Area's economy is looking up, despite recent layoffs

Sunday, August 4, 2013
Norika Covington, rear, and Weston Loveland work on their resumes Friday at Workforce Employment Solutions in Cape Girardeau. Covington, who previously worked in the day-care field, is searching for a manufacturing job to “just try something new.” Loveland hopes to find a welding job. (Laura Simon)

Within the next year, Cape Girardeau and neighboring Perry County will likely see a loss of at least 500 jobs because Sabreliner Corp., Integrity Solution Services and PolyOne Corp. facilities have announced closings and layoffs of employees.

But from a larger economic view, experts say the region may not feel those effects.

Local economist Bruce Domazlicky and former director of the Center for Economic and Business Research at Southeast Missouri State University, studies the job market and economic trends of Southeast Missouri.

Domazlicky has said the possible loss of 500 jobs may sound like an overwhelming number, but the effect "won't drag the whole economy down."

Domazlicky on Thursday said 500 jobs of about 55,000 total jobs in Cape Girardeau County is not even 1 percent. A major company employing thousands of well-paid employees would have to shut down for the county's economy to really take a toll, he said.

Domazlicky said he did not want to downplay the impact layoffs have on employees and their families. But because the economy is better, there are more job opportunities for the unemployed, he said.

Workforce Employment Solutions in Cape Girardeau was busy Friday. As job seekers filtered through computer applications, paperwork and interviews, each person had his or her reason for pursuing employment.

Norika Covington had been working in the day-care field for years, and she wanted to try something new, maybe manufacturing.

Christopher Irving recently moved to Cape Girardeau from Mississippi to be closer to family. He worked at a county jail, and was looking for something in the same field.

No matter how many prospective employees come in the door, Joe Rozier, president of Workforce Employment Solutions, said the company still struggles to fill available positions.

"Opportunity in this market is still really good," Rozier said. "We have more job openings than we can fill."

Being an employee with specialized skills definitely is a benefit when hunting for employment, he said, and employers look forward to finding those type of employees.

"The welcome mat is open for people with talent," Rozier said.

The Associated Press reported Friday that U.S. employers added 162,000 jobs in July. The gain was enough to lower the unemployment rate to a 4 1/2-year low of 7.4 percent.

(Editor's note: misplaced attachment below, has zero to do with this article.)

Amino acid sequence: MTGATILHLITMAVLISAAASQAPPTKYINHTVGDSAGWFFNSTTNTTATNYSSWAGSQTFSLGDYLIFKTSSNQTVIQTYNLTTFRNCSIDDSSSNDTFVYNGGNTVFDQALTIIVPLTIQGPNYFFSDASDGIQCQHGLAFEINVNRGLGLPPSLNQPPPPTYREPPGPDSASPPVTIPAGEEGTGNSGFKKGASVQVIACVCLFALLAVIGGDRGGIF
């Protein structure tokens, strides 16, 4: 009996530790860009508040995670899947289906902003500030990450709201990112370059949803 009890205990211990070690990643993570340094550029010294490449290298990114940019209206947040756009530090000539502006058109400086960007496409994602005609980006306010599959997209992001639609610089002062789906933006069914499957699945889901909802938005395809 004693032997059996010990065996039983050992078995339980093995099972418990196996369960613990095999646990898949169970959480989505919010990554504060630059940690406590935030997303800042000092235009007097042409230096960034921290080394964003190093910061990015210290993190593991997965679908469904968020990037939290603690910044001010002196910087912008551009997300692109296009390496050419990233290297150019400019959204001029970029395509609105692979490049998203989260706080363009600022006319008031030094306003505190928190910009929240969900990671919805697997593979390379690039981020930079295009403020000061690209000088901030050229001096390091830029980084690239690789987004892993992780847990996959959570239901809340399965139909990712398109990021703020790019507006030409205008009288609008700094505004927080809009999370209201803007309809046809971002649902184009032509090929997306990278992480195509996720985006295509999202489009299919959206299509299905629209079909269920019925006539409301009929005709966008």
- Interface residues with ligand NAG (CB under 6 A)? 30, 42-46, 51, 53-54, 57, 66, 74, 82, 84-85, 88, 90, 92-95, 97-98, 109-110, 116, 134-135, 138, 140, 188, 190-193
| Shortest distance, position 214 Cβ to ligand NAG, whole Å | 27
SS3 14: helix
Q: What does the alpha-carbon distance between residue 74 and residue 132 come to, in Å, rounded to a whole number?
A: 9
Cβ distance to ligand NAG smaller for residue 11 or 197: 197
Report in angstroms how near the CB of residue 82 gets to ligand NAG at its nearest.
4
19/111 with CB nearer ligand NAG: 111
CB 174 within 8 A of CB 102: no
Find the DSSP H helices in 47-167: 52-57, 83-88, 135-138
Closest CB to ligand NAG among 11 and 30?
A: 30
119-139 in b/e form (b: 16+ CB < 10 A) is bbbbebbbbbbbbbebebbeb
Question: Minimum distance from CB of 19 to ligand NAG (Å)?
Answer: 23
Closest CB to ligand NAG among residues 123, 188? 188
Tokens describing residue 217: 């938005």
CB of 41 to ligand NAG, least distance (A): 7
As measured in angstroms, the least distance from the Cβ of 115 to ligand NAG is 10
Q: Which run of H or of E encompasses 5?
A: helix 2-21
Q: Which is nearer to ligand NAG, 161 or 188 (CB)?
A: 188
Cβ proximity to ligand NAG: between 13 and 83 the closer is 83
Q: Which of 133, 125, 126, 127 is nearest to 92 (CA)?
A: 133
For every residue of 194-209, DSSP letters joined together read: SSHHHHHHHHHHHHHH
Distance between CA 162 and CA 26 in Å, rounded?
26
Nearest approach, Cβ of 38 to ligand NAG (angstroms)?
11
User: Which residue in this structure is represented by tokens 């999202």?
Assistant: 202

In June, the unemployment rate for the state of Missouri was 6.9 percent. In Cape Girardeau County in June, the unemployment rate was 6.5 percent, the highest it has been since July 2012 when the unemployment rate was 6.9 percent, according to data from the Missouri Department of Labor and Industrial Relations.

The loss of jobs in Cape Girardeau County will have an effect on laid-off employees and their families, but with an economy that is slowly improving, the odds of finding work for skilled workers are getting better.

Making the decision

Sabreliner Corp. is an aviation maintenance, repair and overhaul services provider with an operating facility in Perryville, Mo. The company announced layoffs of 180 employees in November because of cuts in the national defense budget, and 80 employees were furloughed in March because a contract ended, said vice president of business development Steve Sperry in a previous interview with the Southeast Missourian.

On June 20, Sabreliner announced the layoff of 54 more employees at its facilities in Perryville, Ste. Genevieve, Mo., St. Mary, Mo., and Clayton, Mo. -- 29 of which were at its main facility in Perryville.

In a recent interview, Sperry said no more layoffs are on the horizon, but it ultimately is up to the government as to whether more layoffs will come.

"It's a combination of the economy and government spending," he said.

Though a few employees were recalled to work because of airplanes in need of repair, Sperry said the possibility of hiring back previous employees depends on whether quoted work proposals are awarded to Sabreliner by the government.

"It's a competition between us and the rest of those companies out there," he said.